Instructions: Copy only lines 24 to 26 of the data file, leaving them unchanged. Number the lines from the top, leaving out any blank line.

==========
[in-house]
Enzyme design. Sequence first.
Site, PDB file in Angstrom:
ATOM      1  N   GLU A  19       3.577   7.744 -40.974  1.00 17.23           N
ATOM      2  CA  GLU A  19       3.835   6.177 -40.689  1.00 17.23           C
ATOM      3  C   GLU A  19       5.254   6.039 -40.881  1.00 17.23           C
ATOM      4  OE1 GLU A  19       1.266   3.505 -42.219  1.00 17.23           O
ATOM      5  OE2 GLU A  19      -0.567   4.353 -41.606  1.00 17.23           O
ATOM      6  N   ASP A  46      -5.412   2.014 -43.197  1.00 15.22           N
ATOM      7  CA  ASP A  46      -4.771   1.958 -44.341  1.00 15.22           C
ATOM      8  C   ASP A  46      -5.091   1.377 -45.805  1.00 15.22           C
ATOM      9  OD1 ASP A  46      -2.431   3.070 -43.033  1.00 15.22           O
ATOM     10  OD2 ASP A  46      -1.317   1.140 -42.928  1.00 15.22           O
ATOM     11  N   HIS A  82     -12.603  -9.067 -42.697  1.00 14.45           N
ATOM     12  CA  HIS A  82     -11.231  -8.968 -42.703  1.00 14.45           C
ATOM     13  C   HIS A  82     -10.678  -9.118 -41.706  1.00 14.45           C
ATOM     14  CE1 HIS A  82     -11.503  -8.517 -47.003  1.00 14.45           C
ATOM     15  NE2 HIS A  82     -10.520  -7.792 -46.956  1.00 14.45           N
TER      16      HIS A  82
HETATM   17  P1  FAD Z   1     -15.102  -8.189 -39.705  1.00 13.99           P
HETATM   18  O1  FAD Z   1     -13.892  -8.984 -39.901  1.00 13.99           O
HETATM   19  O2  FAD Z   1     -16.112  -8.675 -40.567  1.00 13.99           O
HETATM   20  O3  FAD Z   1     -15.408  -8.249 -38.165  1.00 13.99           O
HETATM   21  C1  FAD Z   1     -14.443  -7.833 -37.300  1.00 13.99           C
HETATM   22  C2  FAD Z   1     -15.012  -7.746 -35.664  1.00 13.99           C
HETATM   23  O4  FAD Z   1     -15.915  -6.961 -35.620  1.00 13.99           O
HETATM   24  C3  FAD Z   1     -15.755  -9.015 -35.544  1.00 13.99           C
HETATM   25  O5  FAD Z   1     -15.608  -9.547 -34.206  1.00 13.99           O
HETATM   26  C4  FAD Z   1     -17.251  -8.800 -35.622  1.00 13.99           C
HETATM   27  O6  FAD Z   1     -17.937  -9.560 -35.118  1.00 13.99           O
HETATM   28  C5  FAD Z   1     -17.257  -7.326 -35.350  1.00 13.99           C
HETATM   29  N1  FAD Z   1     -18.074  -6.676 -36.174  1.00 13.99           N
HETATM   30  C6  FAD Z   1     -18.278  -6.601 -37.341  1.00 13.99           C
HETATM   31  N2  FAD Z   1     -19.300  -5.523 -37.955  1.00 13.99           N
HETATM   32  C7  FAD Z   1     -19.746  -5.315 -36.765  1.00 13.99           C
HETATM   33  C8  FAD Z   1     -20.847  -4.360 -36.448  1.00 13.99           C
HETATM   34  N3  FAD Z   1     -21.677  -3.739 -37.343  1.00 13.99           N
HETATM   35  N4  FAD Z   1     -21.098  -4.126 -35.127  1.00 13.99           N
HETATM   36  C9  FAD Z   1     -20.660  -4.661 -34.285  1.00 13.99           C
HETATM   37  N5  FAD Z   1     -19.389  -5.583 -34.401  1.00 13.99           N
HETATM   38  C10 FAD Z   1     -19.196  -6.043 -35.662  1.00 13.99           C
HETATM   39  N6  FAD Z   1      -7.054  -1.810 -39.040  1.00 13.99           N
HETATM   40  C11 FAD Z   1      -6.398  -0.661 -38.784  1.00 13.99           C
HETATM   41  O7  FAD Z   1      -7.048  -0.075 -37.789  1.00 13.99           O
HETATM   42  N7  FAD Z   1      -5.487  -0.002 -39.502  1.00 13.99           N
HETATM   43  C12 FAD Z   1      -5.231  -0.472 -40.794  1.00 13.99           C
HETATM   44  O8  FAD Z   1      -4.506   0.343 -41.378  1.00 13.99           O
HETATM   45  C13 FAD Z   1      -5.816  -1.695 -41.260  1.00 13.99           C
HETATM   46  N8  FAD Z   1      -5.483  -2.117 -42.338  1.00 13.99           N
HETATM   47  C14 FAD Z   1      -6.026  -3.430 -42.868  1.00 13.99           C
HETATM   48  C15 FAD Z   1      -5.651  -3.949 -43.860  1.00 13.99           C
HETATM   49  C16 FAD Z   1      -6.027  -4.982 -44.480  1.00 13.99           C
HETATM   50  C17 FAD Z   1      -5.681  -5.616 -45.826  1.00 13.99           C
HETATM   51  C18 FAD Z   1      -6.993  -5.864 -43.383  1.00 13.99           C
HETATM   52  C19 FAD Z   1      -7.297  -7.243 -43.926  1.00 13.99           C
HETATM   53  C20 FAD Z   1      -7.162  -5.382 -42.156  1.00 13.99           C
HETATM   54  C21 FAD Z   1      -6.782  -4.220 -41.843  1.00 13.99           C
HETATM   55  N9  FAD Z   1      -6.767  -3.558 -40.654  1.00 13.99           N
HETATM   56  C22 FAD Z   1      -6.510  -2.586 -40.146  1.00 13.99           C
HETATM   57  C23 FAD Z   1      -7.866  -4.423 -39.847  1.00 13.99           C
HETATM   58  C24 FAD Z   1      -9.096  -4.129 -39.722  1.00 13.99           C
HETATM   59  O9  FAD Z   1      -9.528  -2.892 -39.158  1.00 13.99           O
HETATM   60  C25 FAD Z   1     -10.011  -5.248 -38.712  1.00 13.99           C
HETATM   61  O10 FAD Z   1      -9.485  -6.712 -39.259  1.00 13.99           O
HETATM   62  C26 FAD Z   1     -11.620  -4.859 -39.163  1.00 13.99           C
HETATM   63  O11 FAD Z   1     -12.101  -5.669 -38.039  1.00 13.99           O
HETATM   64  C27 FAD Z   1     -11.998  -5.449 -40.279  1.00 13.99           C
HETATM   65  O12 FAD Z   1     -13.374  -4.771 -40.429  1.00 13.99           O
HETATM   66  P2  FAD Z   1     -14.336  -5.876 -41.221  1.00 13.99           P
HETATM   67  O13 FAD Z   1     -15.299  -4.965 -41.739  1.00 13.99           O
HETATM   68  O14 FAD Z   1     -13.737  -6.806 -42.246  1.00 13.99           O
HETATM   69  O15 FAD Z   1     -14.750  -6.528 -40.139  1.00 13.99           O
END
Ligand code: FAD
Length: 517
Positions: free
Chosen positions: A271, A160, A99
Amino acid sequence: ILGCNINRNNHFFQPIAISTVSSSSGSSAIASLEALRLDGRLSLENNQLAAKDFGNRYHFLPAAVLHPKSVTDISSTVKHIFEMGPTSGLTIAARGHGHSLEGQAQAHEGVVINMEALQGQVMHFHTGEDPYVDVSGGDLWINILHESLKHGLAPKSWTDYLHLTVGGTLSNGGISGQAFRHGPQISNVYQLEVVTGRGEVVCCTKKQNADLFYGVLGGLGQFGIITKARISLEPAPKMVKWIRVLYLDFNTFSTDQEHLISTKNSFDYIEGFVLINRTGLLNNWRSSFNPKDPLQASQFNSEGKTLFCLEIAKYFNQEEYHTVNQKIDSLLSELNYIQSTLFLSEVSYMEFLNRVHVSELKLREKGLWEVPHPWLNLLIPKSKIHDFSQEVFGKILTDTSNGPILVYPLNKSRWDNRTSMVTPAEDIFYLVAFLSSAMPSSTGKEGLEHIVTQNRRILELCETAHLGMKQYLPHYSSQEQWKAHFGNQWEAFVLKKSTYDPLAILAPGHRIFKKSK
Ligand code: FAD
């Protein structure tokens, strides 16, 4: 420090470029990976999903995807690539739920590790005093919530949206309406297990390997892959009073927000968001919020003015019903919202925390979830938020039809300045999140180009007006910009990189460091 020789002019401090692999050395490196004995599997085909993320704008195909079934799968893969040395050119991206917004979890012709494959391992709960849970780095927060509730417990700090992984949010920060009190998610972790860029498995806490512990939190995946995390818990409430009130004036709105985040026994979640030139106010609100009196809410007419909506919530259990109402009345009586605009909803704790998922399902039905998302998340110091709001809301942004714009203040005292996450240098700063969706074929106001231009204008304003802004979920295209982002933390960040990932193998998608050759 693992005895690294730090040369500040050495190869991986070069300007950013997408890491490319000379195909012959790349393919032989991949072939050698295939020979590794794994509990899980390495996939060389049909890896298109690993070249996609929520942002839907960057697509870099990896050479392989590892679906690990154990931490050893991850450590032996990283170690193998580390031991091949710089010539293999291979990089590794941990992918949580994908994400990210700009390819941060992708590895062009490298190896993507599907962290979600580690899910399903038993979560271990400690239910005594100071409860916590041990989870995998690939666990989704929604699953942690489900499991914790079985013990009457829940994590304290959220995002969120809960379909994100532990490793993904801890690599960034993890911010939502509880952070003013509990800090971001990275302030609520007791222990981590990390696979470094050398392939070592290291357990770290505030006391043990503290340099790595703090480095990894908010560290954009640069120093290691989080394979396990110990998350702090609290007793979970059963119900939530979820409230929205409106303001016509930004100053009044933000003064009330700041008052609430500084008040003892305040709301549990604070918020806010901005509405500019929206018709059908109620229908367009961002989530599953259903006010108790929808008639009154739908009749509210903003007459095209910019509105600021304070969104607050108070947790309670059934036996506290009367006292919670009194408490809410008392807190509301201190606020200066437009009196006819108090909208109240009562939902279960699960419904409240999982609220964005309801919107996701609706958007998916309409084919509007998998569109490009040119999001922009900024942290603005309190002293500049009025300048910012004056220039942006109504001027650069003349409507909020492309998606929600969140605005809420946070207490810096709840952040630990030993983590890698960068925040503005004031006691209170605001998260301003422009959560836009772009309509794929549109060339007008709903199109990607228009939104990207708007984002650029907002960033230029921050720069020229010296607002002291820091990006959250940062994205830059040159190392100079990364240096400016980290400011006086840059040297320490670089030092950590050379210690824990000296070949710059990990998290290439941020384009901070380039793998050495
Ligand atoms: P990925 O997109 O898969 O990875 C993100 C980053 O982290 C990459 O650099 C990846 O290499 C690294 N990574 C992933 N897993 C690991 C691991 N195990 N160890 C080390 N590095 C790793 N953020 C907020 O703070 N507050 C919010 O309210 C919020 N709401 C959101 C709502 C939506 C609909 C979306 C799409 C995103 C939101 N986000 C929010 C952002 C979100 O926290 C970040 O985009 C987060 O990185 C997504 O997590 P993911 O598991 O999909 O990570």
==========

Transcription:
HETATM   21  C1  FAD Z   1     -14.443  -7.833 -37.300  1.00 13.99           C
HETATM   22  C2  FAD Z   1     -15.012  -7.746 -35.664  1.00 13.99           C
HETATM   23  O4  FAD Z   1     -15.915  -6.961 -35.620  1.00 13.99           O